Why Your Period Blood is Brown, and What It Means
Posted by Courtney Mayszak, RDN, LDN
Oct 08, 2021
Brown period blood doesn’t necessarily mean something’s wrong, but it does mean something.
Periods are considered a fifth vital sign because they indicate if our bodies are working like they should. The color of your period blood, its timing and consistency, and whether or not it comes with painful cramps or PMS symptoms all help tell the story of your hormonal health.
- It’s normal for period blood to be brownish, especially in the beginning and end of your period. But it’s definitely worth paying attention to.
- The most common reason why period blood is brown is because your flow is slow or spotty.
- In most cases, brown period blood all by itself is not cause for concern. If your period is otherwise painful or difficult, it may indicate a non-ideal hormonal environment. We can help your period get back in balance.
Why is my period blood brown?
Brown period blood is oxidized, which means the chemistry of its proteins have changed after being exposed to the outside environment.
All blood, including period blood, turns brown when it oxidizes. Notice how new cuts are bright red but old scabs are brown?
Dark brown period blood is simply older blood—it’s been out of the body for a longer period of time. The longer blood is exposed to the outside environment, the darker it will be.
Brown menstrual blood may also be smellier than red blood. This is because blood is living tissue that will eventually decay after leaving the body. If the smell bothers you, you can prevent it by changing your pad or tampon or emptying your menstrual cup more often.
Can period blood be brownish and still be healthy?
Yes. If brown menstrual blood is the only change in your cycle you’re experiencing, and if you’re only experiencing it at the beginning and end of your bleeding days rather than your entire period, there’s nothing to be worried about.
It’s normal for your blood color to change throughout the days of your period, with more brownish hues during the first and last days when your flow is lighter and more spotty, and more reddish hues during the days in the middle when your flow is heavier and more steady.
The color of your blood may also change from month to month, though it’s worth paying closer attention if it does. If your blood is brown for your entire period and this is unusual for you, take note.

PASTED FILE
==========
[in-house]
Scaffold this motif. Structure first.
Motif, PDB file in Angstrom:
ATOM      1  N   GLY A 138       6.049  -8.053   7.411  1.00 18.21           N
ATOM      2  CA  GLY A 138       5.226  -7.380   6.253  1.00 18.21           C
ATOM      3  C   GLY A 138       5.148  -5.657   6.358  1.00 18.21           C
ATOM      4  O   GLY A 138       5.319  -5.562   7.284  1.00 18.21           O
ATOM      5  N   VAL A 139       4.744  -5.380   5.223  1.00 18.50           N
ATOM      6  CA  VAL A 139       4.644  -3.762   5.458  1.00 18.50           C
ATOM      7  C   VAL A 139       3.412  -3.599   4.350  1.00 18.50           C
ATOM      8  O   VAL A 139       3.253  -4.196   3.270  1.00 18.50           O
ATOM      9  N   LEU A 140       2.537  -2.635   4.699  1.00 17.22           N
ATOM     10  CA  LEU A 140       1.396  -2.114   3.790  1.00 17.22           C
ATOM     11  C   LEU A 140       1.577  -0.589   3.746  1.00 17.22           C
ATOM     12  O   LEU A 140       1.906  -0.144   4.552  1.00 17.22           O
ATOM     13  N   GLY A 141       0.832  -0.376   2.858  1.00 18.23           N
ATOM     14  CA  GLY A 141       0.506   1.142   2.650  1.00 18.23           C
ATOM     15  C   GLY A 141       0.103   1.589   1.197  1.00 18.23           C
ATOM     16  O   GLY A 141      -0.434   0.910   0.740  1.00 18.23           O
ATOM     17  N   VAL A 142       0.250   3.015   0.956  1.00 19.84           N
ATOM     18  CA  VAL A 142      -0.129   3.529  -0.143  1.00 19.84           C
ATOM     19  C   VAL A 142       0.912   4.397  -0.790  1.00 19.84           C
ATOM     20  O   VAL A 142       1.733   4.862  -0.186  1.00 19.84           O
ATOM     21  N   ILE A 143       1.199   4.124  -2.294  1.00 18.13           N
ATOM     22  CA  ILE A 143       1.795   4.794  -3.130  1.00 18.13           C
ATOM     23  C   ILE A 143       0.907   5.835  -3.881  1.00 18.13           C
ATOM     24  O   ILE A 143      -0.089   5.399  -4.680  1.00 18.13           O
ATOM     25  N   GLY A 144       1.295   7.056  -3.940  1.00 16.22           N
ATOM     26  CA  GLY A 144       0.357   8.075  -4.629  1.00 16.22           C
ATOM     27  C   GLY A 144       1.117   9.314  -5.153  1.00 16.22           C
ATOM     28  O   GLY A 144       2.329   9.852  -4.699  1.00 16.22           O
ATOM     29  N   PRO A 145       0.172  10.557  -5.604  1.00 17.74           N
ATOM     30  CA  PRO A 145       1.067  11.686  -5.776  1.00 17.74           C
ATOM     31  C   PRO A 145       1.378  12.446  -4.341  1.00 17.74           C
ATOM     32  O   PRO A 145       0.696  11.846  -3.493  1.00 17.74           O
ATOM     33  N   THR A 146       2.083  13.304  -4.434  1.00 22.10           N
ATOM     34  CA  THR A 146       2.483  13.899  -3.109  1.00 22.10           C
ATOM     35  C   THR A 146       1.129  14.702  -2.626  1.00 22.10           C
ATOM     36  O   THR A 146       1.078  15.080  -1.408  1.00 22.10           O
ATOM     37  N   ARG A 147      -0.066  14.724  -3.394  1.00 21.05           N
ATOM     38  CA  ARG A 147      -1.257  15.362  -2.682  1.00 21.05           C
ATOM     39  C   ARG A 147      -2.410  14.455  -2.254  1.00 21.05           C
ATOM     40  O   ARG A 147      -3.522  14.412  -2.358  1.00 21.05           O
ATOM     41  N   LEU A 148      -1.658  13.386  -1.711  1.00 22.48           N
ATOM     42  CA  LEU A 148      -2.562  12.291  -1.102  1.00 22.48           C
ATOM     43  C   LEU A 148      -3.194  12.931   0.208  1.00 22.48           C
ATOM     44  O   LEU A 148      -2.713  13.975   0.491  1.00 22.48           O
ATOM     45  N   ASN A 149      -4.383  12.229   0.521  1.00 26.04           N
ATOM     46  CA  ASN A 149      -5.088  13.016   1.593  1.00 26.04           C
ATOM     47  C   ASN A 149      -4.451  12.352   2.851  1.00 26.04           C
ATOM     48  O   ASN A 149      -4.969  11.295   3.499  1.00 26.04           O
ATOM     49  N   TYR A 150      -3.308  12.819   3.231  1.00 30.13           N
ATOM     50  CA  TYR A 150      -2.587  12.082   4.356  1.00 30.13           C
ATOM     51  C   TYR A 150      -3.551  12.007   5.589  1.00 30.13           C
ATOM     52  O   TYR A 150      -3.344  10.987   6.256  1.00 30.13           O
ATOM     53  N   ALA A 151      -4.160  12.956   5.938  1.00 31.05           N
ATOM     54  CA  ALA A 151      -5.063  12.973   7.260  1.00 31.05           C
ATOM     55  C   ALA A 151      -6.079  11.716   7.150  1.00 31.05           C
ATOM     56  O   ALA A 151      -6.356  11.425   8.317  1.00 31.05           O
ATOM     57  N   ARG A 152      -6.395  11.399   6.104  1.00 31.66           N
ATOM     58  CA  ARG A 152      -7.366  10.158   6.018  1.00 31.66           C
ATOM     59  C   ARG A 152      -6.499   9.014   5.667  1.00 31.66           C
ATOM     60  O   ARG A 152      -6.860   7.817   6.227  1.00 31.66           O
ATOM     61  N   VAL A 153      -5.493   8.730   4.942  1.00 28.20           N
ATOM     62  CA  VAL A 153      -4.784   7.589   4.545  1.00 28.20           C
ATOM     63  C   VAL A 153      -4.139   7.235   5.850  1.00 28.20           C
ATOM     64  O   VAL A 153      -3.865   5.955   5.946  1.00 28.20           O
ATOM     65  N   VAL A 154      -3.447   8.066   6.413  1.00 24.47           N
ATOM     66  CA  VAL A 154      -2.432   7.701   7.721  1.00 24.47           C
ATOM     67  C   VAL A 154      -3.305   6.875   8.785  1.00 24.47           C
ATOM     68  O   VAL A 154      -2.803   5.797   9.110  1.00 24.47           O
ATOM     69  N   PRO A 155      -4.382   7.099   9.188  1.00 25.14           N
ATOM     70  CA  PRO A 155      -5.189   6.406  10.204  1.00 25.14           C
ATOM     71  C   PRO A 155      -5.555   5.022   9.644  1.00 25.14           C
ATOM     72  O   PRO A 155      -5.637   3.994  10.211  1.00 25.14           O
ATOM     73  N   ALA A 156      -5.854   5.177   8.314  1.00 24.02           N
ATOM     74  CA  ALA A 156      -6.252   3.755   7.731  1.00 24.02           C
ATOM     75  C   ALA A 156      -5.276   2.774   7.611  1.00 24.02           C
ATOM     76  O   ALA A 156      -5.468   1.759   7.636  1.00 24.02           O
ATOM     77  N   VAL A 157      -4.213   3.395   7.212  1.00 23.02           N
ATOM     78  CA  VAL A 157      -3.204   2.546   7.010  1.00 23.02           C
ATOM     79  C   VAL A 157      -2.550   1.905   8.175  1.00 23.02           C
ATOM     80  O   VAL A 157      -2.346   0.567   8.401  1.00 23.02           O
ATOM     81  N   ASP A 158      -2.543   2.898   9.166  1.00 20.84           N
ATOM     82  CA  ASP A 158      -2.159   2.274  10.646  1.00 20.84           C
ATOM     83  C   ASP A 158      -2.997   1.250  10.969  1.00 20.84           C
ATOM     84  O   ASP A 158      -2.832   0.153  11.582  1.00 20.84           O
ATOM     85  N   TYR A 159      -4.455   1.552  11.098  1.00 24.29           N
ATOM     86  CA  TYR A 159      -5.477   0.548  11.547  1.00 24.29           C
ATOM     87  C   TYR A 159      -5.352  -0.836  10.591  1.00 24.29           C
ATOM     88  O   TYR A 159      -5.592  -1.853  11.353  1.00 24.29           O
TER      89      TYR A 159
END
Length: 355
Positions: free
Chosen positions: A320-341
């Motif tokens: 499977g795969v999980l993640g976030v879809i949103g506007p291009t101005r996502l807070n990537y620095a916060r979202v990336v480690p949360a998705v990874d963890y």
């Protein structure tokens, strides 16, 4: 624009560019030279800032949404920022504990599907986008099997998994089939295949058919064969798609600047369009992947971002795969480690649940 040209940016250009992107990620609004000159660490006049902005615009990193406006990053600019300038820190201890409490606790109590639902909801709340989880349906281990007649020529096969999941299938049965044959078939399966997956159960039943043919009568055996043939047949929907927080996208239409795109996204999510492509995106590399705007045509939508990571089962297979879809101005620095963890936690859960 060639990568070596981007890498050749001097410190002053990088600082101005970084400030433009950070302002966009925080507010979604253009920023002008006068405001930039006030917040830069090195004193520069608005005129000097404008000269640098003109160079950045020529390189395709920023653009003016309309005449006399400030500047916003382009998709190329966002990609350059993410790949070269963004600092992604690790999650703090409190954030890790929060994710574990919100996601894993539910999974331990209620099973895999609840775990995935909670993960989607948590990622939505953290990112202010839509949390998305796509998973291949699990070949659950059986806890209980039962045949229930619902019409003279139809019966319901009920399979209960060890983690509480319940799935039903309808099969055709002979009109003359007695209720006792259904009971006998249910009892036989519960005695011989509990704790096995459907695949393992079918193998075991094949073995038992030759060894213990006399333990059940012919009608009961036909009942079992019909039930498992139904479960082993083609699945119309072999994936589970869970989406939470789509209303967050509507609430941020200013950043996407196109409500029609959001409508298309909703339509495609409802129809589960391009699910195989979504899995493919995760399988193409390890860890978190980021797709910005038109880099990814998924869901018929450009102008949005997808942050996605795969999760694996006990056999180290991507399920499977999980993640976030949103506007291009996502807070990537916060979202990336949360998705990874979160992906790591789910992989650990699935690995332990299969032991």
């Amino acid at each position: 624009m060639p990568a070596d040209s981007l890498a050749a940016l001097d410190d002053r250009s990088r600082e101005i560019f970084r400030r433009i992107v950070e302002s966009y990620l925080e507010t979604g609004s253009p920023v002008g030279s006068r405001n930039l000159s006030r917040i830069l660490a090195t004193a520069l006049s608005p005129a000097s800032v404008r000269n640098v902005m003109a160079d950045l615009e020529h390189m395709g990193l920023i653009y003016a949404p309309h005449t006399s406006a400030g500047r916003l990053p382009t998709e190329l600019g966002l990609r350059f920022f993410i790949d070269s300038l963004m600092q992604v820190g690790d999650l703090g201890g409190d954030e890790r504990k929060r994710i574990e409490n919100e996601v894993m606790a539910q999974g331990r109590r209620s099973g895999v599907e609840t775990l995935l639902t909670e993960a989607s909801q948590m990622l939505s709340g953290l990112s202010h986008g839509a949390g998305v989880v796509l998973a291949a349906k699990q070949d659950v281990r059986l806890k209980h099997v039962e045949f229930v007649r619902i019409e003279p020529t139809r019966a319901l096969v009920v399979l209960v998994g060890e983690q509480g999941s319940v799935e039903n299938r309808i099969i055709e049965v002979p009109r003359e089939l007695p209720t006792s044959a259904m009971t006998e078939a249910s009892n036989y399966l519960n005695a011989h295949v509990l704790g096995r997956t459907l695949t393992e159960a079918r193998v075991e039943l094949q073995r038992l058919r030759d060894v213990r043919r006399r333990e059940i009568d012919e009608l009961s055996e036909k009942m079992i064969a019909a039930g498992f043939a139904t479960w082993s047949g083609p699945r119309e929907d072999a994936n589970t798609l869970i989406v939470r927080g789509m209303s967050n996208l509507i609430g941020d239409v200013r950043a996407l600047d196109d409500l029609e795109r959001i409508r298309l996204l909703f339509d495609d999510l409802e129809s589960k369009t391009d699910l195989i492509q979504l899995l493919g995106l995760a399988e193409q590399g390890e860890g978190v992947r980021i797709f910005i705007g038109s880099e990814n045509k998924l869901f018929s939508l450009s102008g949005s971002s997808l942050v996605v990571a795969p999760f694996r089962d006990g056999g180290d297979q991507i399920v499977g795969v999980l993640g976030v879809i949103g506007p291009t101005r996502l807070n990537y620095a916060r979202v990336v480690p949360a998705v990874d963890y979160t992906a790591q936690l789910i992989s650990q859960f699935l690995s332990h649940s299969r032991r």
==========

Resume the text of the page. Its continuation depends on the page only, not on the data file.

Your period is like a monthly report card. Any significant change in period color, timing, consistency, or symptoms may indicate a change in the hormones that made your period happen.
If your period changes one cycle but is back to whatever’s normal for you the next, there likely isn’t cause for concern. However, if you notice those changes sticking around from cycle to cycle, tell your doctor.
What does brown period blood mean?
The most likely reason why your period blood is brown is because your flow is light or slow.
Blood oxidizes within minutes when it leaves the body. Period blood may appear brownish, dark brown, even almost black on days when you have a slow, spotty, or trickle-y flow and aren’t losing a lot of blood.
Blood is collecting into your pad, tampon, or menstrual cup, and staying there long enough to oxidize and turn brown. It may be red when it comes out of your body, but since you’re probably changing your pad, tampon, or cup less often on light days, it turns brown by the time you see it.
Your flow is naturally slower on the first and final days of your period because the uterus isn’t able to shed its lining all at once. Rather than an immediate start and hard stop, it needs some time to transition, resulting in lighter flows and browner blood in the beginning and end of your period.
However, if your blood is brown for your entire period rather than just the first and final days, it may be a sign you’re not making enough progesterone—a hormone that, among many important functions, helps the uterine lining shed in a healthy way. This is usually only cause for concern if:
- You’re trying to get pregnant, as it’s harder to sustain a healthy pregnancy without enough progesterone.
- Your period comes with worse cramps or PMS symptoms, in addition to brown blood.
Brown menstrual blood that comes with worse cramps or PMS
Almost everything about your period is hormone-driven, from how long it lasts, to how it looks and feels.
Many period problems like painful cramps or PMS can be traced back to a non-ideal hormonal environment—in most cases, too little of the hormone progesterone in relation to estrogen.
This doesn’t mean progesterone is all “good” and estrogen all “bad”; it means the ratio between them is really important. Research suggests the more progesterone you make, the easier your period, and the fewer cramps and PMS symptoms come with it.
If you struggle with cramps:
Cramp Aid provides powerful, fast-acting relief from period pain, cramps, and discomfort.
Instead of drugs with potential side effects, it’s formulated with ingredients that are actually good for you and your cycle: science-backed nutrients and herbs clinically shown to reduce inflammation, uterine spasms, and period pain.
If you struggle with physical or emotional PMS symptoms:
The goal is to make as much progesterone as you can.
You only make progesterone following ovulation—the mid-cycle release of an egg from your ovary—and ovulation can be quite finicky. The better you’re able to support your body through ovulation, the more progesterone you can expect to make.
Steady Mood, our daily multi for multi-symptom PMS relief, provides nutrients and herbs that nourish your entire cycle, including your ovulatory phase. By supporting hormonal harmony all month long, you can enjoy fewer mood swings, bloating, fatigue, and other PMS issues.